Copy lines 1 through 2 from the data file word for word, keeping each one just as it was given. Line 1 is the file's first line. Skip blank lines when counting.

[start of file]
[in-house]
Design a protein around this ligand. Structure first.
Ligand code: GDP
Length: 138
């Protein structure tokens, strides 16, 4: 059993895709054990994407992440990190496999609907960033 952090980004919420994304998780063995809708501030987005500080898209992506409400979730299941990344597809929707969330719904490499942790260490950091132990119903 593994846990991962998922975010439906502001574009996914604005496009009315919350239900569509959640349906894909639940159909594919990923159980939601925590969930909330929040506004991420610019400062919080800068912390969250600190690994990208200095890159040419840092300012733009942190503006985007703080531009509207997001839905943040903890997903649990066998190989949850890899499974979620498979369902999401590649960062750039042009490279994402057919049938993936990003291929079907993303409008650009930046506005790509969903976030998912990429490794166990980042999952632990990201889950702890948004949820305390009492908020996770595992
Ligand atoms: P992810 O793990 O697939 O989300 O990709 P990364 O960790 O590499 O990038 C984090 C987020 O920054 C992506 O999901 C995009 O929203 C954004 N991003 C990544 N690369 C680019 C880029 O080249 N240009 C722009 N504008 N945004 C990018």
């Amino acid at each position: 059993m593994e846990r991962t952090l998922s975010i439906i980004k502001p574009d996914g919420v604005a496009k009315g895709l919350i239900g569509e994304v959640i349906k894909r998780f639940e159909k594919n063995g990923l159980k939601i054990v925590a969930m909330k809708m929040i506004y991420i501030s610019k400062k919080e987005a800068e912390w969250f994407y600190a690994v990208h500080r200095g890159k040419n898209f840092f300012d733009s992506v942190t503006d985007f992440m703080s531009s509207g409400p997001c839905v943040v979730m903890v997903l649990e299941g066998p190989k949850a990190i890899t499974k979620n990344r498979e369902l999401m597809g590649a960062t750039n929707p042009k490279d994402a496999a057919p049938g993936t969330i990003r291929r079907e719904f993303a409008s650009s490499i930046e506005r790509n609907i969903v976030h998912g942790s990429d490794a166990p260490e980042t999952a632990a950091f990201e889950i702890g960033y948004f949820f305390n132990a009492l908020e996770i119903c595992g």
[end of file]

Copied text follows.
[in-house]
Design a protein around this ligand. Structure first.